Sneyd is in Dublin with his bride,-a bride no more, but dearer as a wise than bride. She was a Miss Broadhurst, and was called an heiress, because she had a considerable independent property. I draw largely upon your belief in my veracity, when I tell you, that this lady was utterly unknown to me and this family when I wrote “ the Absentee," and that I took the name of Broadhurst because it did not belong to any person I knew, and drew the character from pure imagination. Sneyd never thought of her, until after “the Absentee was published. Afterwards, perhaps, it led them a little towards each other. ' Is not this a curious coincidence? I hardly dare tell it, it has so much the air of falsehood : she is very amiable,—not handsome, but a tall, not a little plain girl. He is happy, as you know he is capable of being, from having found a wife exactly suited to him, and of whom he is passionately fond.'

Mrs. Inchbald died in 1821. Her success in life was wholly the result of her own exertions. Self-taught and inexperienced, she composed those works to which she owed her fame and little property, at such times as she could snatch from the wearing duties of an arduous profession. In the course of her life, she became acquainted with many individuals of the higher and lower classes, but it does not appear that she made any influential friends : on the conVOL. XXXVII.-NO. 81

59

trary, she herself negotiated her own affairs and prospered. In private life, her conduct, though tinged with eccentricity, did not lie open to any grave charge, and her benerolence and warmth of heart were great. She was a fond daughter, a kind sister, and a faithful wife.

As an actress, she must have claimed attention from her loveliness and correct conception of her author's meaning; but the slowness and monotony of her delivery destroyed her hopes of gaining popular applause. As a dramatist, she is distinguished for a certain ingenuity and vivacity of dialogue ; her wit however is in frequent, and the intrigues of ber comedies often present the unnatural combinations of farce. Her plays, with few exceptions, still retain the stage. Her talents as a novelist were by no means inferior; and had she devoted her whole attention to this department of literature, she would undoubtedly have produced works of lasting celebrity.

ART. VII.-Miss Leslie's Pencil Sketches.
Pencil Sketches, or Outlines of Character and Manners,

By Miss Leslie. Philadelphia. 1833.

This work is a collection of tales, some of which had appeared before in other forms, and been received by the public with decided and, we think, well-merited approbation. The new ones are not inferior in value to the others. They are all written in a correct, easy and spirited style, and exhibit a very keen and nice observation of the various scenes of domestic life, with a happy talent for working up the results in a narrative form. The fable is in all cases simple, and with perhaps one exception not deficient in probability. The characters, though at times overcharged, are in the main correctly drawn. The conversations, which they hold with each other, are conducted with point and propriety. In this particular, Miss Leslie approaches more nearly to the models furnished by the great masters in the art of novel-writing, than any of her American predecessors. Occasional descriptions of local scenery are introduced with effect. Mrs. Washington Potts is perhaps the best, as it is the longest and most elaborate, of the tales, though Frank Finlay is in some respects the most agreeable. Uncle Philip and the Escorted Lady are also particularly good. In the latter, we would venture to suggest the omission of the part, which touches on the supposed errors in doctrine and discipline of some of our religious sects. This is too grave a matter to be treated in connexion with the airy nothings,' that form the staple of the book. We would also recommend the omission of the poems at the end of the volume. They are the only things in it, that have no pretension whatever to the character of poetry.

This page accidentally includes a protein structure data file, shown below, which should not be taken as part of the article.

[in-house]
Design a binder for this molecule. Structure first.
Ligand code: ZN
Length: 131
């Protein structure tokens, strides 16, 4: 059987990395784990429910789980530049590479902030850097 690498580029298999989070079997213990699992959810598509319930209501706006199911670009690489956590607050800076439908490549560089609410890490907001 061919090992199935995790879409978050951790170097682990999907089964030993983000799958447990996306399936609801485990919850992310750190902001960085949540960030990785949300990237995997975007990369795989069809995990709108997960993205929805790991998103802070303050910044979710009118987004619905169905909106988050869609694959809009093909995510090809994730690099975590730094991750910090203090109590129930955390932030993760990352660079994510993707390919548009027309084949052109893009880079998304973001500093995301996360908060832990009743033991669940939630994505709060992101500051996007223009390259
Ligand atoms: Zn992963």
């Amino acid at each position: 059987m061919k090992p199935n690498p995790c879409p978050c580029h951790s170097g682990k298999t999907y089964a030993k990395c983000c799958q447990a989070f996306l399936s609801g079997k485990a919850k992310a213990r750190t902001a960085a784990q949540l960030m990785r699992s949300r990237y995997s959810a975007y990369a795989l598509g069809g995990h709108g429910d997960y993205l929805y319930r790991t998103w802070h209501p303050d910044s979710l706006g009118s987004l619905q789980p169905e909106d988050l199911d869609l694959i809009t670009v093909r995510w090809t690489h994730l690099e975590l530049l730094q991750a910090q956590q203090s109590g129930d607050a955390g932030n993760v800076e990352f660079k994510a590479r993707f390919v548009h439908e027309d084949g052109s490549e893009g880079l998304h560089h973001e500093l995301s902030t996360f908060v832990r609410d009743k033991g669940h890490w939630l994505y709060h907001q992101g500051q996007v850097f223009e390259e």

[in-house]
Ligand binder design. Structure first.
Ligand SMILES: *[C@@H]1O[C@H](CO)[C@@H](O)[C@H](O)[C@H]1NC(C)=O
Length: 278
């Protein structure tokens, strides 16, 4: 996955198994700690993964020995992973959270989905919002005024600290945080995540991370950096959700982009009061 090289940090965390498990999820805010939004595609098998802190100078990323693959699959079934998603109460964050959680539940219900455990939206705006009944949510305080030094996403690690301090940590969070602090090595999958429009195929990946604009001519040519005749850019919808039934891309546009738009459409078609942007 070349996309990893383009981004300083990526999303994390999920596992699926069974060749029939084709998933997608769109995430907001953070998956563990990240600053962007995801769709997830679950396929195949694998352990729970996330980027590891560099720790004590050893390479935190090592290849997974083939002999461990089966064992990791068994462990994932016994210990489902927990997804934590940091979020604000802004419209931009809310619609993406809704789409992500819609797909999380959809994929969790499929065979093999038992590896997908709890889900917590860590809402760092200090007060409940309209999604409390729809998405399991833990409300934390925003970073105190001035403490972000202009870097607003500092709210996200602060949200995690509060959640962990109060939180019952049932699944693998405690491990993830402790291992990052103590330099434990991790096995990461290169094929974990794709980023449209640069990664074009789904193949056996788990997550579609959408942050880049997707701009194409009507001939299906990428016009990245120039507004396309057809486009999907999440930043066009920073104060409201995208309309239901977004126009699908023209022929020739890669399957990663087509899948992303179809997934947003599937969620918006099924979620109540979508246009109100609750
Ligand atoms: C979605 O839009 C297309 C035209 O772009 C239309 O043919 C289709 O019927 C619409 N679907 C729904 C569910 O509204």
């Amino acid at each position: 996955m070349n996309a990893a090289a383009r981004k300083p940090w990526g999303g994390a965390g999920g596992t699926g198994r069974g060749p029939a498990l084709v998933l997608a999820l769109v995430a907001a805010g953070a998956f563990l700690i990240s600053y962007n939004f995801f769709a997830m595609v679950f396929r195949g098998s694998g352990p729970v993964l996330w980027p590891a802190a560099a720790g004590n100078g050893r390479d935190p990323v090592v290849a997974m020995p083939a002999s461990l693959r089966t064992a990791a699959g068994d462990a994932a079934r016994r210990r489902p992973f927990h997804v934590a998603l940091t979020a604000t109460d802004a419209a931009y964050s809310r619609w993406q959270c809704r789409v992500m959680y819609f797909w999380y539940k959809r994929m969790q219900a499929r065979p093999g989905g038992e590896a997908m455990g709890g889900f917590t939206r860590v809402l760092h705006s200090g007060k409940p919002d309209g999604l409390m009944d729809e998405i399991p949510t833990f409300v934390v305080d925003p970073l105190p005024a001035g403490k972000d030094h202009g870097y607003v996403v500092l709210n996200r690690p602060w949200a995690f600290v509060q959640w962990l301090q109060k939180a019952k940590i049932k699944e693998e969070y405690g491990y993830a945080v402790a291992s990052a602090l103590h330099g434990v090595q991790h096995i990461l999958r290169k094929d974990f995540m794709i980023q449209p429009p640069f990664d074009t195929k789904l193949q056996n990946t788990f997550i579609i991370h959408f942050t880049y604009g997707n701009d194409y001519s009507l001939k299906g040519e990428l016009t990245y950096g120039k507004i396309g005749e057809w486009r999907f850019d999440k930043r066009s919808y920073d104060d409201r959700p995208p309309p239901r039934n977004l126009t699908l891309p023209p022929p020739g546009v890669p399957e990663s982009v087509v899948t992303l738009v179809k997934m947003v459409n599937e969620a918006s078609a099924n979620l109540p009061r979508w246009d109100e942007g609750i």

If there be any exception to be taken to the work before us, it lies rather against the choice of the subjects than the mode of treating them. Miss Leslie has generally taken sarcastic views of persons and things, and made us acquainted with individuals whom we never wish to hear or think of again. The ambitious pretensions of the apes of fashion, the folly of those who are imposed upon by vulgar elegance, wherever it is sufficiently assuming,--the results of schools, where the ruffle of education is supplied to those who want the linen,—the respect paid to foreigners, in the fond persuasion that those who are coarse abroad may possibly be genteel at home,-all these things are good subjects for occasional ridicule, provided the satirist does not seem to take them to heart. If he show that these things give him uneasiness, he iropairs his own power, or rather shows that he is not a cool and impartial observer. We bonor the person who steps gaily on in the journey of life, regardless of that universal inheritance,-the pinching shoe. Instead of stopping by the way-side to raise his molehills of inconvenience into mountains of sorrow, he gives every thing its right value and importance. This good nature implies good sense ; it is one of the most powerful charms in the writings of Scott, and is felt by thousands who never ask themselves the reason of this perpetual delight. We would not say that all writers are wanting in good sense, who prefer contemplating and representing the dark side; but it is evident that they cannot cast ibis shadow, without standing in their own light. They might see in common conversation, that if satire please for a time, ihe hearers are not quite satisfied with themselves for having listened to it; not that their conscience upbraids them as seriously as perhaps it might; but because there is a feeling, that the malice which they indulge in sport will follow them in retribution.